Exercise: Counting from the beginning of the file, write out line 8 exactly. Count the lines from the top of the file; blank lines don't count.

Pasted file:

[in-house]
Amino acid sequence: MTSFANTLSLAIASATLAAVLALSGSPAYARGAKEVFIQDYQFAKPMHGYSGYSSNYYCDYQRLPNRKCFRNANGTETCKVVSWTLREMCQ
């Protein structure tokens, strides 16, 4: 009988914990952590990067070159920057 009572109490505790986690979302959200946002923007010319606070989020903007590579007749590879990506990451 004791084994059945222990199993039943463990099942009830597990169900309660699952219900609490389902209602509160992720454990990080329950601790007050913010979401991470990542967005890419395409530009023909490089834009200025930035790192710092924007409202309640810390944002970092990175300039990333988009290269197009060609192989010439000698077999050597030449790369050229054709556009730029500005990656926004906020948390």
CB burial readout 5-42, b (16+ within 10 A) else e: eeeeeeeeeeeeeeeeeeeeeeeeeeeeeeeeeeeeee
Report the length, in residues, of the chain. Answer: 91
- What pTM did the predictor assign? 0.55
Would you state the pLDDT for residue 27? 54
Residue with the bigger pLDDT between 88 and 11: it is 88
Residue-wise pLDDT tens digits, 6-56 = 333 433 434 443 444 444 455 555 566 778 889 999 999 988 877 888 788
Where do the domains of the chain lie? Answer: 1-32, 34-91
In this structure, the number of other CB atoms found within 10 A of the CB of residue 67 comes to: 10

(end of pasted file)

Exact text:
Residue with the bigger pLDDT between 88 and 11: it is 88